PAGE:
Is ice safe for fishing or skating?


Now that it is cold, all need to be mindful of ice on ponds and lakes that may look safe, but is not. Check with local cities and towns to find out if ice on a local pond or lake is safe to fish or skate on.

Ice must have a uniform thickness of at least six inches before it is considered safe by the Department of Environmental Management (DEM). It generally takes at least five to seven consecutive days of temperatures in the low 20s. However, safe ice is determined by a number of factors such as the size and depth of a pond, presence of springs or currents, and local temperature fluctuations. 

DEM advises the public to check with individual communities about safe ice conditions before ice fishing or skating. DEM has an ice safety guide that can be found online at

Wind farm environmental impact statement out for public comment

Recreational anglers and conservationists need to speak up and be counted in the planning of offshore wind farms. Anglers have felt recreational fishing takes a back seat at the fisheries table and are never given their due for the economic impact they have in this nation. Both commercial and recreational fishing are important to the nation. According to NOAA recreational fishing in some states like Florida and Rhode Island, has a greater sales impact on the state’s economy.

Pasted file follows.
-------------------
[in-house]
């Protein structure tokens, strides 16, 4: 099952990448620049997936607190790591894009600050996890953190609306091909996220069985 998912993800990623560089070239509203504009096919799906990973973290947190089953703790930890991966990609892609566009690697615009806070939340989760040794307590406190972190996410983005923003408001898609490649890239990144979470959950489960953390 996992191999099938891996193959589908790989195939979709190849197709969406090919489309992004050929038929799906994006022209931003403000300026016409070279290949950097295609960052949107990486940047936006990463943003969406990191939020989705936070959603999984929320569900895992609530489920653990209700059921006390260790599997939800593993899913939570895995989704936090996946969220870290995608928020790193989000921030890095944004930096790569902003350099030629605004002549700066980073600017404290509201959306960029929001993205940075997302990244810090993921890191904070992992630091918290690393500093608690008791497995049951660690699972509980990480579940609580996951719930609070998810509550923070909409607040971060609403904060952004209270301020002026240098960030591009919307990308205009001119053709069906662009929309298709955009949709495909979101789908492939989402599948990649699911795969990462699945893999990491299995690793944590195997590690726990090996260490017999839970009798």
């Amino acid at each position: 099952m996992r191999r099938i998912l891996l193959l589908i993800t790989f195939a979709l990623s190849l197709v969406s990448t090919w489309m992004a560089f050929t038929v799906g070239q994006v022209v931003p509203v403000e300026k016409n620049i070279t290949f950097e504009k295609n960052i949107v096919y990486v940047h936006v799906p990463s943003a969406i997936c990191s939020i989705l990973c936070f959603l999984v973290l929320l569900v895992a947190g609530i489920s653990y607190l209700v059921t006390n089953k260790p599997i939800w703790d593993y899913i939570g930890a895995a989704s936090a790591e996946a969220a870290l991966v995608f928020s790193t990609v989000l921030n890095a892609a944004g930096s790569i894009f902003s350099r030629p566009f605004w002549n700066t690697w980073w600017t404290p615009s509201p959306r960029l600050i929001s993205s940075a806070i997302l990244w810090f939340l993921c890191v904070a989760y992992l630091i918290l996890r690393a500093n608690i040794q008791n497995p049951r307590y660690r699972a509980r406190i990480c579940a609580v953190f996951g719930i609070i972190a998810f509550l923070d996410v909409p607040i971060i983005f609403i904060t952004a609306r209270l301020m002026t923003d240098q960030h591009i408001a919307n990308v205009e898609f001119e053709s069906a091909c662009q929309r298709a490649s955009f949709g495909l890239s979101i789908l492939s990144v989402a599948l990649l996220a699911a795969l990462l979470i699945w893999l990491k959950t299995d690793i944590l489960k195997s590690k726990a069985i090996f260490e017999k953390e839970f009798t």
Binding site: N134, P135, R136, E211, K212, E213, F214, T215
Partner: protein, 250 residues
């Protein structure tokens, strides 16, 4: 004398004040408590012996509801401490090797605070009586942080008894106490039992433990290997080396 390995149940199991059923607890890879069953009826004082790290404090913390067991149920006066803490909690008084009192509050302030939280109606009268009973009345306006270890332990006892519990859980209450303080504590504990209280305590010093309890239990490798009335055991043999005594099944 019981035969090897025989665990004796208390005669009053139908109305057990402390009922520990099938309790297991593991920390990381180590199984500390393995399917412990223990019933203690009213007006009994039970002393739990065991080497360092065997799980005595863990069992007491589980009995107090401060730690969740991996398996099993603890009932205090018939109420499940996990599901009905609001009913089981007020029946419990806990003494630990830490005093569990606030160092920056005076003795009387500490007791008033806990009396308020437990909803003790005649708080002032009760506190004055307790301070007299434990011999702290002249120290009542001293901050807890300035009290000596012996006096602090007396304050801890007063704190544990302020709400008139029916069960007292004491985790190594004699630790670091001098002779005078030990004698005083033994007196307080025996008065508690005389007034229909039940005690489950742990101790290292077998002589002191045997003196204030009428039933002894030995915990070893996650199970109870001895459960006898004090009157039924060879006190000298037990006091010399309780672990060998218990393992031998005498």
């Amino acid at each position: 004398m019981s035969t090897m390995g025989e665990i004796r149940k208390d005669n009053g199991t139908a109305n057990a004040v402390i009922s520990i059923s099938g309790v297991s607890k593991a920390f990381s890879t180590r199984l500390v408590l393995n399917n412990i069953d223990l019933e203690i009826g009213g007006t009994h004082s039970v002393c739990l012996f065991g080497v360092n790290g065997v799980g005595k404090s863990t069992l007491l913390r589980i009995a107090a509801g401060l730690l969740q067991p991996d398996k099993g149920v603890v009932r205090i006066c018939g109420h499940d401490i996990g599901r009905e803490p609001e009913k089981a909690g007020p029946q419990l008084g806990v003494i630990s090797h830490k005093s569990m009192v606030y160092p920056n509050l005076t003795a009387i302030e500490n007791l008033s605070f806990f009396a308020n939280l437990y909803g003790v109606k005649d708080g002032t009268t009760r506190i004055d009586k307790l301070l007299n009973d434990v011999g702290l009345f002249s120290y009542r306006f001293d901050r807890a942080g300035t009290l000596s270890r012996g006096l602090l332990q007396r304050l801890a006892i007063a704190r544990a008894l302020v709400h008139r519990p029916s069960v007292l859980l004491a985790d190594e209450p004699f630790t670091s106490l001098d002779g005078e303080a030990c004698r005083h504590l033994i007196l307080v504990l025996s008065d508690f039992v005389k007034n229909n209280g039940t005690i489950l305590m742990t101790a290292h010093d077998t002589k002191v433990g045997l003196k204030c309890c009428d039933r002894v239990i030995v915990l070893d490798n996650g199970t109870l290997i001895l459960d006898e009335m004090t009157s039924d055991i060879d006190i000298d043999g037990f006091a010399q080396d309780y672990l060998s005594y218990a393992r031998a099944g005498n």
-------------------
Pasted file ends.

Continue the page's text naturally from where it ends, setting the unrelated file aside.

There is still time (this week and next) to participate in public hearings on the Bureau of Ocean Energy Management’s (BOEM) Draft Environmental Impact Statement (DEIS) on the South Fork Wind Farm. All will get an opportunity to weigh in on BOEM’s work….what they missed, and what they got right on how the wind farm will impact the environment. BOEM, who is responsible for this DEIS, did not address recreational fishing in this DEIS.

The South Fork Wind Farm, a fifteen turbine offshore wind farm being built by wind farm developer Ørsted (owner of the Block Island Wind Farm), will be built on Cox Ledge 19 to 24 miles southeast of Point Judith, Rhode Island.

Cox Ledge has long served as fishing grounds for a portion of the recreational fishing fleet for bottom fish such as cod, tautog and black sea bass as well as pelagic fish. Sharks and tuna are commonly targeted and caught on Cox Ledge.